For example, Caesar the Great wrote “Gallic War,” later Thucydides wrote “History of the Peloponnesian War.” Herodotus wrote about the “Greco-Persian War.” Only when a person was interested in a particular event would they record it, but only preaching about incidents that occurred within a few years or decades. Western countries in the past followed that way of recording history.
1- Chinese system of “shiguan”
But China is not like that because China has a complete system of ”shǐguān” (史官: court officials in charge of recording history). The Chinese often refer to themselves as the “Descendants of Yan and Huang,” meaning the descendants of the Emperor Shen Nong and the Emperor Xuanyuan. The latter is known as China’s “first ancestor of humanities.”
Chinese writing was created by Cangjie, who was the “shiguan”—historical official of Emperor Xuanyuan. This possibly suggests that when Cangjie created Chinese characters, one of the essential purposes was to record history. Therefore, from the time of Emperor Xuanyuan, there were historical officials next to the rulers of the dynasties.
Since China has a highly complete system of historical officials, the important events of the country or tribe are all recorded, enabling China to keep an uninterrupted historical record for 5000 years.
2- Worshiping ancestors
The completeness of historical records is also related to the mentality of the Chinese people.
Chinese people deeply revere their ancestors and want to worship their ancestors. From the time of Confucius, Zhou Gong, the Chinese people started “ancestor worship.” What is the significance of ancestor worship? It is indicative of a kind of ancestor belief, inheritance of ancestral culture, which is preserved in historical records through the ages.
3- Unified dynasty
China’s historical record also has another feature, that is, since the Qin Dynasty, China entered a period of unification; the concept of “great unification” has been deeply rooted in the Chinese mind. Although there were many divisions, the overall trend or desire of the Chinese people 2000 years later is still “unification.” What good does this have for historical records?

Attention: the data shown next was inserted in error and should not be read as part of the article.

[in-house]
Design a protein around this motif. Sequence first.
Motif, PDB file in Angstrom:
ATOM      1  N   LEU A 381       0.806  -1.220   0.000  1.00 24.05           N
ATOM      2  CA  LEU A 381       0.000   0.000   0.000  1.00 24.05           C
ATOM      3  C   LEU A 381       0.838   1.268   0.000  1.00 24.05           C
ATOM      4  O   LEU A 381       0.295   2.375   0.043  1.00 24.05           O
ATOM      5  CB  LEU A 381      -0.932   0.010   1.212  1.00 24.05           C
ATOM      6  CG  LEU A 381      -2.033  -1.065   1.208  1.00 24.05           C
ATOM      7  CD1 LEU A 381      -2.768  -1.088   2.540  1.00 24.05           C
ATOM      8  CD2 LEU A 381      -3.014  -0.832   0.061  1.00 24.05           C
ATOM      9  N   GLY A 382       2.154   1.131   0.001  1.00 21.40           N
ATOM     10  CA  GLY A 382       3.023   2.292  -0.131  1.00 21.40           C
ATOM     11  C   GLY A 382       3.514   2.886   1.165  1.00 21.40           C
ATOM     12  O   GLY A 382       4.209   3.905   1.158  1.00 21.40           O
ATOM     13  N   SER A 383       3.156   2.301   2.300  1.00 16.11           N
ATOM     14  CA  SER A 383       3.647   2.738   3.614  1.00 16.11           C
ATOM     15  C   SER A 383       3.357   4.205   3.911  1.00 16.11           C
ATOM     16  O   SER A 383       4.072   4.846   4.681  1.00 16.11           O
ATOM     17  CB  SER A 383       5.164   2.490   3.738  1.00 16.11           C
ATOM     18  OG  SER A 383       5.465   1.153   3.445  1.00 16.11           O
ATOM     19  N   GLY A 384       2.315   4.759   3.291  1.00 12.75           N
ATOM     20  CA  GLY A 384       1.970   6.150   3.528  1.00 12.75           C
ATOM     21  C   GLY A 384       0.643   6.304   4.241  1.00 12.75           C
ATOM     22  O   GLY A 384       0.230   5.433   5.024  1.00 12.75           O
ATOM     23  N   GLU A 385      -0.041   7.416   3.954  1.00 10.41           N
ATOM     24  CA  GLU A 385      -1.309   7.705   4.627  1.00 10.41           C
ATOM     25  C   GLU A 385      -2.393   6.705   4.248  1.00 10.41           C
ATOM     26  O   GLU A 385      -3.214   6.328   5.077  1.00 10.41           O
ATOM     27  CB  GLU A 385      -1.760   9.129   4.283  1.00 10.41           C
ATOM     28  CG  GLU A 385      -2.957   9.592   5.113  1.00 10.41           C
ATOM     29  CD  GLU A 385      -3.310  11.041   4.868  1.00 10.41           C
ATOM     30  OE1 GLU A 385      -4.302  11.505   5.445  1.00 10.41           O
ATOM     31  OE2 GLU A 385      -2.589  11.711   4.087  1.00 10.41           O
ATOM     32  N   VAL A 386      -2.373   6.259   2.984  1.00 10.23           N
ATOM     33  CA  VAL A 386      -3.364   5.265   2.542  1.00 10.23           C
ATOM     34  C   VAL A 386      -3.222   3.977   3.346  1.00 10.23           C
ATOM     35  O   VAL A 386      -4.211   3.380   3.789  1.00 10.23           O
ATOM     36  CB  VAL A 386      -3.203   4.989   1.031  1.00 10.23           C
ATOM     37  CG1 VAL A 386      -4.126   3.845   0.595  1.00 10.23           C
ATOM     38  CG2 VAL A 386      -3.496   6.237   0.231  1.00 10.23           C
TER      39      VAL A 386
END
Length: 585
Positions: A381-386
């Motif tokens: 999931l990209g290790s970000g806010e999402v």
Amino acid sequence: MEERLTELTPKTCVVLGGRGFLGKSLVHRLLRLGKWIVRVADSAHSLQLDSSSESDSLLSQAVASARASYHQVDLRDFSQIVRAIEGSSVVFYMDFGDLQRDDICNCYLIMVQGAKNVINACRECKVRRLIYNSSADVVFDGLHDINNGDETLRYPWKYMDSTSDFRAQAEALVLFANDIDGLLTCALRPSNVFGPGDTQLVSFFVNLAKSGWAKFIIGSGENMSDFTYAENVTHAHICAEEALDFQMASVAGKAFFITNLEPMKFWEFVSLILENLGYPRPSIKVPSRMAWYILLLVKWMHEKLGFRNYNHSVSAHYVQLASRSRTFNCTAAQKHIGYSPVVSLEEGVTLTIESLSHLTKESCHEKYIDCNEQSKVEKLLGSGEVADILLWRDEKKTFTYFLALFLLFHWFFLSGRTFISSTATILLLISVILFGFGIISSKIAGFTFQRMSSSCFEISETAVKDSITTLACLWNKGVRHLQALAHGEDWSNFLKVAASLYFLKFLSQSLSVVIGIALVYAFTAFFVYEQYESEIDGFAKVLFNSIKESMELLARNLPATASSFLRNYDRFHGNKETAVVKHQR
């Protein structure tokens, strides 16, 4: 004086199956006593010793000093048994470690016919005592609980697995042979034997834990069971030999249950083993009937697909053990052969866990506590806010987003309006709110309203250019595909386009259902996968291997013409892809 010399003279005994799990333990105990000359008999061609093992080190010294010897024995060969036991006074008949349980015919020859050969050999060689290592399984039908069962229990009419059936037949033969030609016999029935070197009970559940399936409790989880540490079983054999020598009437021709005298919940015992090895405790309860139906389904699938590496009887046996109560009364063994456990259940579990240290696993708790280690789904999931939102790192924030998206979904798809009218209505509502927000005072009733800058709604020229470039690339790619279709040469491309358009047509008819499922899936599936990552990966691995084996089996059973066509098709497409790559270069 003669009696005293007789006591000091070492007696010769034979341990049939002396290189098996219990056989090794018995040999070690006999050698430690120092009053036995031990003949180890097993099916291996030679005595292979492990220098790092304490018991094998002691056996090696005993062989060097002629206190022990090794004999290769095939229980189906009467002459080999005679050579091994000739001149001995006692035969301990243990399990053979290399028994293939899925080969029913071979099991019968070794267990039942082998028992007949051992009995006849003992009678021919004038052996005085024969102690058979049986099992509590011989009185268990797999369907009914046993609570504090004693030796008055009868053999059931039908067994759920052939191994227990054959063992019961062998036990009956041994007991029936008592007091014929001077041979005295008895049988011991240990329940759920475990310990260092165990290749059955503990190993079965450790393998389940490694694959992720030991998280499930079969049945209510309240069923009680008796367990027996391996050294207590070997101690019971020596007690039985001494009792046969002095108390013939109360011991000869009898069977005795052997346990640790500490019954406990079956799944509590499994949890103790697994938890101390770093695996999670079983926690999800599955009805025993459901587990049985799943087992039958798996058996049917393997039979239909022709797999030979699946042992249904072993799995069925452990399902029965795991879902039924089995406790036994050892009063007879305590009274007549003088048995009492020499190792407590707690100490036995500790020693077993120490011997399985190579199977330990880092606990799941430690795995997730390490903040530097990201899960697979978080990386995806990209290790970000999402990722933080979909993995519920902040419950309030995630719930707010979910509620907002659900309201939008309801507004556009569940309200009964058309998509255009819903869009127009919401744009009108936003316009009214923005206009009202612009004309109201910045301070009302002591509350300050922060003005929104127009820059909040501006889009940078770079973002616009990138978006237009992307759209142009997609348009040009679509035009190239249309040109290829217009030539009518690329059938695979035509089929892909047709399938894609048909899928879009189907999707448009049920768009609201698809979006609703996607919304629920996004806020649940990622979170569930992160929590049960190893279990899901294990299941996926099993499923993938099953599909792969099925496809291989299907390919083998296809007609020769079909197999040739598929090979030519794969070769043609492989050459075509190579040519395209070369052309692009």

We can imagine that, if the world were divided into ten thousand countries, each of which was like a small city, like the “city-states” of ancient Greece, then within that small locality it would be difficult to have any “seismic” events. Moreover, because there is little in the way of human and financial resources, it is hardly possible to have a shocking incident. Life is relatively calm and stable, so usually, there would not be much to record.
Let us take an example to make it easy to imagine. A children’s fairy tale often has a sentence like this: “The prince and the princess lived happily ever after.” Yet, when we see this verse, the story ends. Why? Because a happy life doesn’t need anything, nor does it need to take notes.
The records are all about conflicts. That’s why it’s said that if “the world is divided into ten thousand countries,” there is not much to record, and there is no need to keep too many historical records. But moreover, if the world is divided into ten thousand countries, there are countries that record a little, and there are countries that do not.
Perhaps the fact that the historical record in Europe is not as complete as China’s is related to the feudal system there. Feudalism in Europe also belonged to a closely related category of duchy or princely states, each featuring a castle. In fact it is a very small country, where very little is recorded.
This is not the same as Qin Shi Huang, who performed incredible feats of merit such as, “South conquered Baiyue, North attacked Xiongnu, and unified writing, currency, quantity (length, volume, mass) etc., so they must be recorded.
While looking at Chinese history, we find that the historical record was relatively ambiguous when China entered the period of division. The most typical example is the period of the “Sixteenth Kingdoms of the Eastern Jin Dynasty.”
After the Western Jin Dynasty moved south of the Yangtze River, the northern part of China was occupied by five ethnic minorities, namely the Xiongnu, Xianbei, Jie, Di, and Qiang, collectively referred to as Wuhu. Some may find this period very familiar with characters like Murong Fu … in martial arts novels.